Full statistics have never been made public, and official data remains ‘selective and partially contradictory.
On May 2nd and 3rd in Geneva, the UN Committee Against Torture (CAT) were presented with the latest report regarding the presence of torture in Kazakhstan. The Committee subsequently demanded that Kazakhstani authorities disclose the names, circumstances of death, and other specific data about the victims of the January 2022 events. The CAT further insisted that all statistics regarding the use of torture and the state’s investigations into torture are made public, ‘Radio Azattyk’ reports. The exact number of complaints of torture, as well as the number of investigations launched into such allegations, is still unknown.
Anna Raku, a representative of the UN Committee Against Torture, noted that the published official list of 238 people who died during the January events does not contain information about the time, place, and circumstances of their deaths, nor does it publish the victims’ full names and ages. Raku also pointed out discrepancies in the data, which were presented earlier this year by Kazakhstan’s Anti-Corruption Agency and the General Prosecutor’s Office; both administrative bodies reported their investigations to parliament. However, some reports, according to Raku, include information which ‘appears inconsistent, making it difficult to establish a full picture of the allegations of torture and the consequences of those allegations.’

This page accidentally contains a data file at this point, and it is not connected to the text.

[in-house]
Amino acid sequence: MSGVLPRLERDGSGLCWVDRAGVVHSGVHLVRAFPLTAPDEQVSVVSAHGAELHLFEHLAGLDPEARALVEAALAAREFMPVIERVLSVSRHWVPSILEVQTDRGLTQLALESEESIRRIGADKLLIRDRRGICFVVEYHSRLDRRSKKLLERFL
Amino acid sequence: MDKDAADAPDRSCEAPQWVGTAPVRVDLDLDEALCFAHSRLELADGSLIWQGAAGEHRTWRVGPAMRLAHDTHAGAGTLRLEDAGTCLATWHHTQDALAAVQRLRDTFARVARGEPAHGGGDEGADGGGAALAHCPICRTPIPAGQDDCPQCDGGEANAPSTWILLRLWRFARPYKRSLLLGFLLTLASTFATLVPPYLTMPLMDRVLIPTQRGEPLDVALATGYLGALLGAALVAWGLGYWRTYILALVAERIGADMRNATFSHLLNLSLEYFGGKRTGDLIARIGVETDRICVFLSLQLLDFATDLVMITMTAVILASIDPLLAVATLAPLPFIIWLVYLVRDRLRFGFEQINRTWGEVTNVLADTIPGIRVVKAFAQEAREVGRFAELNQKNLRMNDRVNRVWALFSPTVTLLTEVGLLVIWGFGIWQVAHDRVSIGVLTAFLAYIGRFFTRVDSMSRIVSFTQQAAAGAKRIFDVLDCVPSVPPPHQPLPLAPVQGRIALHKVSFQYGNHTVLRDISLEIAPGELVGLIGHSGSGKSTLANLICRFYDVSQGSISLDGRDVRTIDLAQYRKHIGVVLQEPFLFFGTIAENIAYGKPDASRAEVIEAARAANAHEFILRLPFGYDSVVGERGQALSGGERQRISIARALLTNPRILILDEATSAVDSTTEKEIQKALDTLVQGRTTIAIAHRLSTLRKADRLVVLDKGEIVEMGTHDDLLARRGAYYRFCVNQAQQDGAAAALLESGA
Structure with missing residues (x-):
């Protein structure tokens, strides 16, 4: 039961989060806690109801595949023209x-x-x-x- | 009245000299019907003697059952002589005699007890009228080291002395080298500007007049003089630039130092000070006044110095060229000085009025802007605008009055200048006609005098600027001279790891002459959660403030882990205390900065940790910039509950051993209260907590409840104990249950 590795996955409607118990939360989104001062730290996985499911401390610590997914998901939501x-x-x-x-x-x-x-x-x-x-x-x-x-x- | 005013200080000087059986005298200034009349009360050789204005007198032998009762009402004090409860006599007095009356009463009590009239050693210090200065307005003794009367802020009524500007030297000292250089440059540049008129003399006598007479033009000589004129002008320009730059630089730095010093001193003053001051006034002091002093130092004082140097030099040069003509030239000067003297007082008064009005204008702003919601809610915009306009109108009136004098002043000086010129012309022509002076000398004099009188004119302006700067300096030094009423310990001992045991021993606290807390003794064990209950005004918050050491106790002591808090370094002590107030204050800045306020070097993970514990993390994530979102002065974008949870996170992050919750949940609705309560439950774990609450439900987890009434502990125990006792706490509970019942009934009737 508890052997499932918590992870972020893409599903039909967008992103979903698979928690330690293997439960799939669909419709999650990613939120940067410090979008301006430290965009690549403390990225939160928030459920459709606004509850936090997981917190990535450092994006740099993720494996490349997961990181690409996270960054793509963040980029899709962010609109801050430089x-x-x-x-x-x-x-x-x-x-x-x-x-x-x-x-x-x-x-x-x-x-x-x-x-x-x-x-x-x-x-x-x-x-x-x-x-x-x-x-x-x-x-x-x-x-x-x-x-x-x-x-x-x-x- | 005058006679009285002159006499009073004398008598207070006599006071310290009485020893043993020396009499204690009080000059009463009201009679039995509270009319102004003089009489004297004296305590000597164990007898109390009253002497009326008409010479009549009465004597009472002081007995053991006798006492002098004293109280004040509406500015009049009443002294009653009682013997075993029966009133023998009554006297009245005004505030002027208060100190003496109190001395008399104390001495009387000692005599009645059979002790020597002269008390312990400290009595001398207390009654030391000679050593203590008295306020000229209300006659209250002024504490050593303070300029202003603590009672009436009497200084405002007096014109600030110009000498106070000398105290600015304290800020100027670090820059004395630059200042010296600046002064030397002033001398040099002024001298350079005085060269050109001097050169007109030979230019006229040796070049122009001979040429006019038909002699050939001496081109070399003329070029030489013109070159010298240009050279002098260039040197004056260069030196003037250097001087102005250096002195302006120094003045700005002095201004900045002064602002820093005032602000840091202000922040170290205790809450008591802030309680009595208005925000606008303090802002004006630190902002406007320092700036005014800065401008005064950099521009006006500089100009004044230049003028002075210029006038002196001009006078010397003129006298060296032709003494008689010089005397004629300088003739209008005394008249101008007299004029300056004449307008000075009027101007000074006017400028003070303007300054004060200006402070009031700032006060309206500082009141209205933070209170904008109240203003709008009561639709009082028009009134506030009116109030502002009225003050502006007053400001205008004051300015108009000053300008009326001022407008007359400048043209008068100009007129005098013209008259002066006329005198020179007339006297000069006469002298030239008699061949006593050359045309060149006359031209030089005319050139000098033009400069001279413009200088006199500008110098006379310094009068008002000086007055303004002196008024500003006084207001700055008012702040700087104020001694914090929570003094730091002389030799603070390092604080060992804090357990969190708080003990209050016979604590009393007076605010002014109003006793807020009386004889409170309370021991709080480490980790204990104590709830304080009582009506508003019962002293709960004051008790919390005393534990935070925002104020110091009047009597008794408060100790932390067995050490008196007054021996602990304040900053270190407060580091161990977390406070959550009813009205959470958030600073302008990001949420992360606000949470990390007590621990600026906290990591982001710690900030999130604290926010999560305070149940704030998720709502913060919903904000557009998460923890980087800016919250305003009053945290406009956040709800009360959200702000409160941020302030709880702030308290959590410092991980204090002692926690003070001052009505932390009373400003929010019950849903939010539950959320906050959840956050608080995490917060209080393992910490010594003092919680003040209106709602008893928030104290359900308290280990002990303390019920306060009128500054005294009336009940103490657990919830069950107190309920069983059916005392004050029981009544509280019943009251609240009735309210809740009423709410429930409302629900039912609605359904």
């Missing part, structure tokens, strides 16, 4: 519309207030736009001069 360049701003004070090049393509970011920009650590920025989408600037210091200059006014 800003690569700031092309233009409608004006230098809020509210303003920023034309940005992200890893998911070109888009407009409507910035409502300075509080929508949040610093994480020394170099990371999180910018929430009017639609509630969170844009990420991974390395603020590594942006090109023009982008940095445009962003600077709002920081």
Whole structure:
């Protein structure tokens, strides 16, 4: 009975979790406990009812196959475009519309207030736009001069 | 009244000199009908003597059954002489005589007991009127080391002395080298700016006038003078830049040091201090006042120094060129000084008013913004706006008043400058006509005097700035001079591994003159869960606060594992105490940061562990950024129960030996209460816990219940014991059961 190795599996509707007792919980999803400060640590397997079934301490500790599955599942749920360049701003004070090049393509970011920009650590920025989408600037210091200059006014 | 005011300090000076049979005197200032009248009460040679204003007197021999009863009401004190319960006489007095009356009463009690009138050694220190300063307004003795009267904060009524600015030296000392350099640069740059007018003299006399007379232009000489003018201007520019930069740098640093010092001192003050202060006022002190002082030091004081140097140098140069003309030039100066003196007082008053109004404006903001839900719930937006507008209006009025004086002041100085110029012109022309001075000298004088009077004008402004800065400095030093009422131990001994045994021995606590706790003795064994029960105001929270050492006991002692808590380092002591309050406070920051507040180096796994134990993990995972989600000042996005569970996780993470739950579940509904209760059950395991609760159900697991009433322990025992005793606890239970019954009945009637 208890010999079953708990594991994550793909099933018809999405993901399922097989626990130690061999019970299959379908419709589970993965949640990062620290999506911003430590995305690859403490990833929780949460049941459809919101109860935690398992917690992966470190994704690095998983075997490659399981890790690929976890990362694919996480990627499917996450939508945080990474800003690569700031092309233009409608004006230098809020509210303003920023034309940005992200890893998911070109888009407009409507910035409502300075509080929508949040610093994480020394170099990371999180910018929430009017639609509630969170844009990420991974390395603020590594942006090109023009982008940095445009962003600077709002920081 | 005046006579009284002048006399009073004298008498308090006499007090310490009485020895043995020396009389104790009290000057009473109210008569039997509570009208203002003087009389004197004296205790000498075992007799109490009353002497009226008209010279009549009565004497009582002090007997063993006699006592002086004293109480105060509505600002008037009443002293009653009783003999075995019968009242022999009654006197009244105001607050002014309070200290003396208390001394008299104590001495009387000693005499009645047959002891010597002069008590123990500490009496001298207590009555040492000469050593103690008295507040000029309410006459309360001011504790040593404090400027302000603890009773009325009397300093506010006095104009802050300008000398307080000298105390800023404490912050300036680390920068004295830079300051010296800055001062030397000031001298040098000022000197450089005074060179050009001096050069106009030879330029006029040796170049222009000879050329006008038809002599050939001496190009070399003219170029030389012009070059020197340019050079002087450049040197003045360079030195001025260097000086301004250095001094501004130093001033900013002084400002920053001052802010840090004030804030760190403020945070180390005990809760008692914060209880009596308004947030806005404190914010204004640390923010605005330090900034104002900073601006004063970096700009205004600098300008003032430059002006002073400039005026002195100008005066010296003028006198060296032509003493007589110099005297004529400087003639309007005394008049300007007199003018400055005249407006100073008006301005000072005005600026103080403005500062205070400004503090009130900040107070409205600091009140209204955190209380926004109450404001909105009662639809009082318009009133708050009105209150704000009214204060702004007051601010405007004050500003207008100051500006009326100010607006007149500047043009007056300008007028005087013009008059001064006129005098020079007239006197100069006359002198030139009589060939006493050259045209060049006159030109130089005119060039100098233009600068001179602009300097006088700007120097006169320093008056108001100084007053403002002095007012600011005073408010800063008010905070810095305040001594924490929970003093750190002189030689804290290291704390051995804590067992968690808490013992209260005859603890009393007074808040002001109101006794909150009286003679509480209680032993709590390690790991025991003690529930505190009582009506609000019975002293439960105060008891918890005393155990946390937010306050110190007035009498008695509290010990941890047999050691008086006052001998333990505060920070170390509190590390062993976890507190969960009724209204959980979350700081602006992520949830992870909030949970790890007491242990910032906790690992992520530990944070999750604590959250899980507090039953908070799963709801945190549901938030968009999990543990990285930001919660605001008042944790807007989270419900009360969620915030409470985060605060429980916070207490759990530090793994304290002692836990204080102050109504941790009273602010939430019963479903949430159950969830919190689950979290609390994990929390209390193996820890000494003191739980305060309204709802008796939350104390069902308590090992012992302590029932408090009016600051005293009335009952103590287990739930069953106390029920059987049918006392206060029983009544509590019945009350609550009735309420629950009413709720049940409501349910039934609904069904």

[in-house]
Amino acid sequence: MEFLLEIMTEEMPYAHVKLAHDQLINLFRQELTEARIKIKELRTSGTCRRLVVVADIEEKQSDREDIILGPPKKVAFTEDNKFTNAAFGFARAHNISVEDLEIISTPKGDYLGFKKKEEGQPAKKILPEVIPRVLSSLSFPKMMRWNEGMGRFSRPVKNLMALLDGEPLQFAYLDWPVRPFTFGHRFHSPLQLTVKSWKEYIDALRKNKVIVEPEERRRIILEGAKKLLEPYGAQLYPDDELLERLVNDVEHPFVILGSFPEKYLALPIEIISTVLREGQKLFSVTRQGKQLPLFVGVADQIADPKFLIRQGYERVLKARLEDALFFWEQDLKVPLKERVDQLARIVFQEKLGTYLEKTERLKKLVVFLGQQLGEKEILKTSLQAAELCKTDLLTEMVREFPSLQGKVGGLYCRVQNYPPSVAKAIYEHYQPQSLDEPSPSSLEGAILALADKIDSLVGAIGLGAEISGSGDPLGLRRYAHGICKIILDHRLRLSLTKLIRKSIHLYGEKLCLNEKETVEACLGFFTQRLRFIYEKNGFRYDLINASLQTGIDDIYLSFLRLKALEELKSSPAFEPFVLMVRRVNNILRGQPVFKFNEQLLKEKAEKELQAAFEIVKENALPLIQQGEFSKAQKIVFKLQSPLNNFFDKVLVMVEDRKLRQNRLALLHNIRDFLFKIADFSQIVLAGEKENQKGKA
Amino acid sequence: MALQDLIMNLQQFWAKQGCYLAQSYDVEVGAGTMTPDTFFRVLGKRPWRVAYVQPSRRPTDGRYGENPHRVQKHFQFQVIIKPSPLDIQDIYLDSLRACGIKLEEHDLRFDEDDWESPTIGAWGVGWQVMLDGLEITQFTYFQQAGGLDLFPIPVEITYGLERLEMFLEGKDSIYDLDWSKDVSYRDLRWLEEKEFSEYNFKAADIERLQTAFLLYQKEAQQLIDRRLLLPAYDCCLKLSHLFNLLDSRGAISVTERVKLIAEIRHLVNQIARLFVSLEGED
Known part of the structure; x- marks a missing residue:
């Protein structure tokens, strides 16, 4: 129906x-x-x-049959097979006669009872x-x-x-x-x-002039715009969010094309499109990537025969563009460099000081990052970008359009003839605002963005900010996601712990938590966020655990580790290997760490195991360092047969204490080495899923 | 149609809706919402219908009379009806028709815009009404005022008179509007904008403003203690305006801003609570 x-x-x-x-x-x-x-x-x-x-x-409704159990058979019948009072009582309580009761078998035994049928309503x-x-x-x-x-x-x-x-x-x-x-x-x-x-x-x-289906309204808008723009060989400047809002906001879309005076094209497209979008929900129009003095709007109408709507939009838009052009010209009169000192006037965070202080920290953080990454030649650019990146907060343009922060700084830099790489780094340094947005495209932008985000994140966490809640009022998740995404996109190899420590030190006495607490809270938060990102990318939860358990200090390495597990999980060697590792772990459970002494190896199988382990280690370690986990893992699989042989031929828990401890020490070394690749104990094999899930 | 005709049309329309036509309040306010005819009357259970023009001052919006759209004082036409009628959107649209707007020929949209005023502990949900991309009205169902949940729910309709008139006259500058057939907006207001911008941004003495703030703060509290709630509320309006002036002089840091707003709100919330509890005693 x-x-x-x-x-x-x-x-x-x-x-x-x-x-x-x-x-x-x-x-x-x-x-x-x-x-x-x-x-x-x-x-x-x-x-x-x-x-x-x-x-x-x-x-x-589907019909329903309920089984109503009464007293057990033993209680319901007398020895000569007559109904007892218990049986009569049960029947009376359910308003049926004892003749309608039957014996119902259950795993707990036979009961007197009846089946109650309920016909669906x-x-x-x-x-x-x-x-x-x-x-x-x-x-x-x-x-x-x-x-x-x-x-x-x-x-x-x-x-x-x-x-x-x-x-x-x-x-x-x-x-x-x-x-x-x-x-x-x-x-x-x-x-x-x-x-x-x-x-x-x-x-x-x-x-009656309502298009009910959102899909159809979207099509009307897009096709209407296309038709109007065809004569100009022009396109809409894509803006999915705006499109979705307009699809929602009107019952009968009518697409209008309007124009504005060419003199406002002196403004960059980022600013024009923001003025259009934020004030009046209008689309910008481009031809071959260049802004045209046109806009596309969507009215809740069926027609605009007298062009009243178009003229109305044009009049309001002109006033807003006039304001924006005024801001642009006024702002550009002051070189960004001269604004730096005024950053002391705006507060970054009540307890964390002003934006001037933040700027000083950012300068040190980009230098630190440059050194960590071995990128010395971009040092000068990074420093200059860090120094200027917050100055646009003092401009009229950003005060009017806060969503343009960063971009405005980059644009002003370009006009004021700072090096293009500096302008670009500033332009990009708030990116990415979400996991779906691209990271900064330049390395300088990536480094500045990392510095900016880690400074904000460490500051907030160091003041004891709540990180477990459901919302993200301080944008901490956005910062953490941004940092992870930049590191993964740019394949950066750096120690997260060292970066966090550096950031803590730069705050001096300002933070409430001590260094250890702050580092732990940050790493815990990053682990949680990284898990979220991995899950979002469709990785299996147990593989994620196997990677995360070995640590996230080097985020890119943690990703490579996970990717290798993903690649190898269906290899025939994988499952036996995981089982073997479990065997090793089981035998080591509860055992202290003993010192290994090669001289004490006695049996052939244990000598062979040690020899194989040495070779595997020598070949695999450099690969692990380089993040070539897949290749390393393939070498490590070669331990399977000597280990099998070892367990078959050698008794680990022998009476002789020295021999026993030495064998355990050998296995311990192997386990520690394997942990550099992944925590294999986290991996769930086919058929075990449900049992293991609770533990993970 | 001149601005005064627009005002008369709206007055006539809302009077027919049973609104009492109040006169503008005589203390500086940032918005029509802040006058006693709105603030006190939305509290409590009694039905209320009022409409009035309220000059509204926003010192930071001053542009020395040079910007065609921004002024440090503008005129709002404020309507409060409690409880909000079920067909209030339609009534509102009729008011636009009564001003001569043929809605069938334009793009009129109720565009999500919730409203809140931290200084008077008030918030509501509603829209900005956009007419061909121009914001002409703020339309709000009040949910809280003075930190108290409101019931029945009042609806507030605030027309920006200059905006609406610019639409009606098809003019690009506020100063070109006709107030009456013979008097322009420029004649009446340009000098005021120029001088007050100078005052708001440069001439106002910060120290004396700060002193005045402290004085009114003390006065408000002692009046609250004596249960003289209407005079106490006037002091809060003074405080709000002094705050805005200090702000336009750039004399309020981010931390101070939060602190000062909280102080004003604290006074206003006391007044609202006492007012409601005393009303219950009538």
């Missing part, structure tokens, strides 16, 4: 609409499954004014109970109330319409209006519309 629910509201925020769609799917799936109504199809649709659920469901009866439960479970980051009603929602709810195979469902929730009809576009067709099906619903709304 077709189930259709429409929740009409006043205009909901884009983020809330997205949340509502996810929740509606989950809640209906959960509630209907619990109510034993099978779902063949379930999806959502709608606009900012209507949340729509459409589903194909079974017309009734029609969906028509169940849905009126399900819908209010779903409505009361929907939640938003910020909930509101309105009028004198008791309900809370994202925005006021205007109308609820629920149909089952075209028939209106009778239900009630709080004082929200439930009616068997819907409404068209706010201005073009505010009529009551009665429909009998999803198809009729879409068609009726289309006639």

‘It remains unclear how many allegations of torture were received by the authorities during the January events and how many complaints have been investigated criminally and how many have been prosecuted,’ Raku added.
In addition, the UN CAT called attention to the backlog of investigations into torture cases. Raku also asked that the members of the delegation update the CAT on the number of deaths which occurred in custody, the circumstances surrounding the 238 deaths, and the steps taken to hold those responsible to accountable. The UN Committee representative also asked the Kazakh delegation to report on the number cases that were dropped as a result plea bargains as well as the number of criminal cases, connected to the January events, that have also been dropped.
Meanwhile, the Kazakhstani delegation answered some of the CAT’s questions by repeating previously provided the official information, while some questions were not answered at all. The deputy prosecutor general of Kazakhstan, Bulat Dembayev, explained that ‘corporate solidarity’ has caused ‘foot-dragging’ in investigating the cases of torture. In addition, according to Dembayev, many of those implicated were wearing masks and/or video surveillance tapes had been destroyed, in an obvious move to avoid criminal prosecution for torture. Regarding the discrepancy in the figures between the different investigating authorities, the representatives of the prosecutor’s office explained that the discrepancy occurred when the cases were merged into one proceeding.
The UN Committee is expected to submit its final observations this month. According to the current practice, in the absence of an oral response, the State must send written answers to all questions posed.